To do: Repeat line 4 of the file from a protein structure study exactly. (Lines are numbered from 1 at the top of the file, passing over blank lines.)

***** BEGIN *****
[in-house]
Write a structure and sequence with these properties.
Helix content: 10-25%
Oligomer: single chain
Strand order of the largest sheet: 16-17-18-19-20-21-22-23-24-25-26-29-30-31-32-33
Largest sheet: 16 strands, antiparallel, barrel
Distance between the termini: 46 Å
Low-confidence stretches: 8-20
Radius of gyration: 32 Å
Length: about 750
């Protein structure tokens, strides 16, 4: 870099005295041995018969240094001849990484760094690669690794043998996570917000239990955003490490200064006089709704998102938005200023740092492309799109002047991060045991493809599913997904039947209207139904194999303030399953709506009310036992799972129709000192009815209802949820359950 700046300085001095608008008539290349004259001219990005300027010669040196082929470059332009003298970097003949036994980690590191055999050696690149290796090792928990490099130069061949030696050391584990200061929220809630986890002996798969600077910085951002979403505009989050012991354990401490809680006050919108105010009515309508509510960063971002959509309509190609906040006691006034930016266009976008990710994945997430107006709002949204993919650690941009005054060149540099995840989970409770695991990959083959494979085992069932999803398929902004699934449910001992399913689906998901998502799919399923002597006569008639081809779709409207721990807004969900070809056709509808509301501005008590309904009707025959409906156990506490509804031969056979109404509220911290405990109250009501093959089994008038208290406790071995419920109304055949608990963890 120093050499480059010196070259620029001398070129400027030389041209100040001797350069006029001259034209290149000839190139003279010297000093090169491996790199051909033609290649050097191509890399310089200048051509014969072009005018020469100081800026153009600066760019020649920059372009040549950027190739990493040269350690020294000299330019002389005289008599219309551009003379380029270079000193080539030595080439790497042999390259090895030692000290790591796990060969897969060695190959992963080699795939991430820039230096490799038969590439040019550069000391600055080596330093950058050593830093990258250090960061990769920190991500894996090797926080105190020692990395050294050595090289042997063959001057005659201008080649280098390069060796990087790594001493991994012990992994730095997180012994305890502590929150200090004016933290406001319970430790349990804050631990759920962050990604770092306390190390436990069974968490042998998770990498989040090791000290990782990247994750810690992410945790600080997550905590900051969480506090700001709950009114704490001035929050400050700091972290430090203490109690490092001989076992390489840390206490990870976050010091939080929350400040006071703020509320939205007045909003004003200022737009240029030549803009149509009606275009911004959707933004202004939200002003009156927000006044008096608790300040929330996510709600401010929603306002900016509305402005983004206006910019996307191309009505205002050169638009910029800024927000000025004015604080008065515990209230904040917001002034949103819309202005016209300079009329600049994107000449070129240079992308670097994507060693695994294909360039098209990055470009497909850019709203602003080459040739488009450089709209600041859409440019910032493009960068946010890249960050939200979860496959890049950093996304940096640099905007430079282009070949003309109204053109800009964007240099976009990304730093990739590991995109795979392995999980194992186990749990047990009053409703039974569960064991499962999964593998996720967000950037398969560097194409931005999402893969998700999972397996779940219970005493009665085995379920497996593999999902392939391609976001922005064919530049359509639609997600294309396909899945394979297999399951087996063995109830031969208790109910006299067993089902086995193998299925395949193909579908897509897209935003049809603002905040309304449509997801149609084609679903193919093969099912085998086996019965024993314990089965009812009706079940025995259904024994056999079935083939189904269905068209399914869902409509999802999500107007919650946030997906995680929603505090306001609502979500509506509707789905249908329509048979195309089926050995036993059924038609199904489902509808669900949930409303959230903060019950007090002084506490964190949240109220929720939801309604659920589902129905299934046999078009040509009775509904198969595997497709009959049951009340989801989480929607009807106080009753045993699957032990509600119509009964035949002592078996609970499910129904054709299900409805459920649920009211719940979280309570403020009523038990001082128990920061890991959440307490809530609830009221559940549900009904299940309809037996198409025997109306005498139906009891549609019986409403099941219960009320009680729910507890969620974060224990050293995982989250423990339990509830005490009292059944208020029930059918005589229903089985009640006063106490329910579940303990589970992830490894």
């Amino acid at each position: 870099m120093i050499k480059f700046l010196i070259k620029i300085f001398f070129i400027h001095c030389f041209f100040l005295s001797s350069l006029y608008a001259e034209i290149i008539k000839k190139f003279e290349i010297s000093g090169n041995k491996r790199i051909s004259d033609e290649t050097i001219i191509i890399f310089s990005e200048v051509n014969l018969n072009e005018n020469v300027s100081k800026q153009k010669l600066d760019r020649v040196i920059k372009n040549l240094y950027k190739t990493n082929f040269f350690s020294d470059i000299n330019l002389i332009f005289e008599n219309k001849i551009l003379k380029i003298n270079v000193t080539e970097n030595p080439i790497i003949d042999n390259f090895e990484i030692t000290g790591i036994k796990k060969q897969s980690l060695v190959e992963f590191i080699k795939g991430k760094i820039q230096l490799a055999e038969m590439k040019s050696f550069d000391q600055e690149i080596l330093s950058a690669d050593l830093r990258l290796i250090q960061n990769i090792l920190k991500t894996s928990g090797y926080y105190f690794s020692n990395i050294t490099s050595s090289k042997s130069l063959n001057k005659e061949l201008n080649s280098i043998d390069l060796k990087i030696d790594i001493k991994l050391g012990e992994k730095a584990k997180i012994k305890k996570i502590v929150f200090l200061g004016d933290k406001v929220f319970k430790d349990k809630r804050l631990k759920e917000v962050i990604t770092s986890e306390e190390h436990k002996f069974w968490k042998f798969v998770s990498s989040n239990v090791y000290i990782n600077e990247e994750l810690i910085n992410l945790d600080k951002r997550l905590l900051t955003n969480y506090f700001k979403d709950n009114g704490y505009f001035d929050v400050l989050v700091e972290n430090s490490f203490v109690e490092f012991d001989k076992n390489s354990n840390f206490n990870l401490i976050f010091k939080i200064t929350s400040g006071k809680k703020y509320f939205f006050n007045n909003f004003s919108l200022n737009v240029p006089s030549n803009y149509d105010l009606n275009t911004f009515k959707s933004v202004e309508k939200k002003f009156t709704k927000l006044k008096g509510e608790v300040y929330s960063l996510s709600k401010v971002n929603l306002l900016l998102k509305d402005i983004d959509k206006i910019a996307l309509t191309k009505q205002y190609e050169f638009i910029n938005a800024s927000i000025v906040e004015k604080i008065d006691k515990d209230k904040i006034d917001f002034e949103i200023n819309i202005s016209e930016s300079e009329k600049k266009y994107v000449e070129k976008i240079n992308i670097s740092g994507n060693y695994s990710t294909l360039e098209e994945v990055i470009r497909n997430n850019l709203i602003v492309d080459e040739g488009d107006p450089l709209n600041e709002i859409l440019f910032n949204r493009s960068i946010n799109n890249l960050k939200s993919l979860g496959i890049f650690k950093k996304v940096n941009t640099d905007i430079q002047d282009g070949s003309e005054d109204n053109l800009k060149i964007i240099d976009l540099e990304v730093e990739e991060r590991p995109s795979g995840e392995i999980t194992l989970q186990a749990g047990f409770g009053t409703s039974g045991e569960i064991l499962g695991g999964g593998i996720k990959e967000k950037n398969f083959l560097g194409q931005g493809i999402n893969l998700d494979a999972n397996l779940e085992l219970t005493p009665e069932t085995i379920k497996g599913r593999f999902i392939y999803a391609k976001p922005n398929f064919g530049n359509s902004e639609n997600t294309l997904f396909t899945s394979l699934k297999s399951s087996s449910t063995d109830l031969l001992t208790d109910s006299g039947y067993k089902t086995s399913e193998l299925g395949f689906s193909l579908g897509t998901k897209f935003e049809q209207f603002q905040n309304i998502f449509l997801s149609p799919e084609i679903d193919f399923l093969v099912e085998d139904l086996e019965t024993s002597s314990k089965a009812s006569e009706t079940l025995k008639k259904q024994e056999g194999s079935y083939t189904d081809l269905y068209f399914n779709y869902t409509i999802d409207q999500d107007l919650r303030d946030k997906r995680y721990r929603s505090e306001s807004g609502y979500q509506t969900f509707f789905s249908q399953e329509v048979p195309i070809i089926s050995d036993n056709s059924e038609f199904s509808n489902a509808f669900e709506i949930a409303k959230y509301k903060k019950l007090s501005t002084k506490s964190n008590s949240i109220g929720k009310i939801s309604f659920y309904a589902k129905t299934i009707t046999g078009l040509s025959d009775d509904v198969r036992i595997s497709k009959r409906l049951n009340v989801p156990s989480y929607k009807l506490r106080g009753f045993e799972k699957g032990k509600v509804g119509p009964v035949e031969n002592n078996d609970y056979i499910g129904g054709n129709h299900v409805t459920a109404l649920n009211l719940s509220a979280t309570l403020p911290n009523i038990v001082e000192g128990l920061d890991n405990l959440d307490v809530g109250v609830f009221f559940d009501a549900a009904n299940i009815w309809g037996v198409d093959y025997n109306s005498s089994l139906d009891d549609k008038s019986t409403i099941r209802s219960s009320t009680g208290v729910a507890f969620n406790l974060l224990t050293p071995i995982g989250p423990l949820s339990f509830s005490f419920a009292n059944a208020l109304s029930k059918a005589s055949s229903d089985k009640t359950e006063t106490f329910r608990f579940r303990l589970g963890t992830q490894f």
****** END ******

Oligomer: single chain